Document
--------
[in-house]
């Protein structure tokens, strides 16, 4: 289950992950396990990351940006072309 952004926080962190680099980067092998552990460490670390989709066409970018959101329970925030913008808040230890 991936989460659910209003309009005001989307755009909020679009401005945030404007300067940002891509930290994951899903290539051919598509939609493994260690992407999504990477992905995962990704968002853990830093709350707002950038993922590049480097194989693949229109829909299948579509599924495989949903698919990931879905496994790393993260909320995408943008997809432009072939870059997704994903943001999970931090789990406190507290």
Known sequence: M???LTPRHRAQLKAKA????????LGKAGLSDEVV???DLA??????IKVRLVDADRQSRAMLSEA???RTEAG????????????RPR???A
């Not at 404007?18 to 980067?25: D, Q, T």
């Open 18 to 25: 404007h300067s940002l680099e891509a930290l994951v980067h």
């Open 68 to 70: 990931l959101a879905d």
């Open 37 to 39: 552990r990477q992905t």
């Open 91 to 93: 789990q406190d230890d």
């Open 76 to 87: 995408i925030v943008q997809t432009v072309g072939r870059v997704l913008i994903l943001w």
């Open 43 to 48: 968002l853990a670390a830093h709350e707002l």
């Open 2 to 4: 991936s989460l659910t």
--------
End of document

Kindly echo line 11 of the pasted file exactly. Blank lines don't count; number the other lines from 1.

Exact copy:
């Open 2 to 4: 991936s989460l659910t």